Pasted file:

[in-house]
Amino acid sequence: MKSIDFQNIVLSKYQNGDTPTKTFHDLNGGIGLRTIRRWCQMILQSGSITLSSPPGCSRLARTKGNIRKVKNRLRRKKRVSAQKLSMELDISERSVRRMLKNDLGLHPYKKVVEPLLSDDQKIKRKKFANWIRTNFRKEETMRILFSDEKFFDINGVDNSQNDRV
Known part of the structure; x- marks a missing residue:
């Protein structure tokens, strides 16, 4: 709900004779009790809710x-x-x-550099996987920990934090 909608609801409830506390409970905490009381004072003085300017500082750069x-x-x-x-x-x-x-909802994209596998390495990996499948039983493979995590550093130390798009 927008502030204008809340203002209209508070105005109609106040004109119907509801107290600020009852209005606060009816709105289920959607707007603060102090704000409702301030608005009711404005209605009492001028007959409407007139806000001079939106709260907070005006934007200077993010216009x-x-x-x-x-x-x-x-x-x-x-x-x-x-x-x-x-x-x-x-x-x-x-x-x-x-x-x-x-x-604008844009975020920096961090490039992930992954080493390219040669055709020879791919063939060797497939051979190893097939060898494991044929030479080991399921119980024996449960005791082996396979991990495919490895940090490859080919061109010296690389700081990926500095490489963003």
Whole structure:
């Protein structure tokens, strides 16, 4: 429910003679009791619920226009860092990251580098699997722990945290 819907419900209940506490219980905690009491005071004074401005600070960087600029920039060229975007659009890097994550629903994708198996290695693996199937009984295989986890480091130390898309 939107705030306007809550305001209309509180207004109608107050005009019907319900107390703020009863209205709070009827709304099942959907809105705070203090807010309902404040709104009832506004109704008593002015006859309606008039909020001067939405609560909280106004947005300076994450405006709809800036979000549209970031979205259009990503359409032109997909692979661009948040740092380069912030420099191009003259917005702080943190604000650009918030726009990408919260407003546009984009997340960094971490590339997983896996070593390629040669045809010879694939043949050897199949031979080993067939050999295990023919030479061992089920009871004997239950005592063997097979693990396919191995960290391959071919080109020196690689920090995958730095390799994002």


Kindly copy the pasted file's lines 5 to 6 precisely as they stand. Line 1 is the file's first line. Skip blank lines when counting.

Whole structure:
């Protein structure tokens, strides 16, 4: 429910003679009791619920226009860092990251580098699997722990945290 819907419900209940506490219980905690009491005071004074401005600070960087600029920039060229975007659009890097994550629903994708198996290695693996199937009984295989986890480091130390898309 939107705030306007809550305001209309509180207004109608107050005009019907319900107390703020009863209205709070009827709304099942959907809105705070203090807010309902404040709104009832506004109704008593002015006859309606008039909020001067939405609560909280106004947005300076994450405006709809800036979000549209970031979205259009990503359409032109997909692979661009948040740092380069912030420099191009003259917005702080943190604000650009918030726009990408919260407003546009984009997340960094971490590339997983896996070593390629040669045809010879694939043949050897199949031979080993067939050999295990023919030479061992089920009871004997239950005592063997097979693990396919191995960290391959071919080109020196690689920090995958730095390799994002």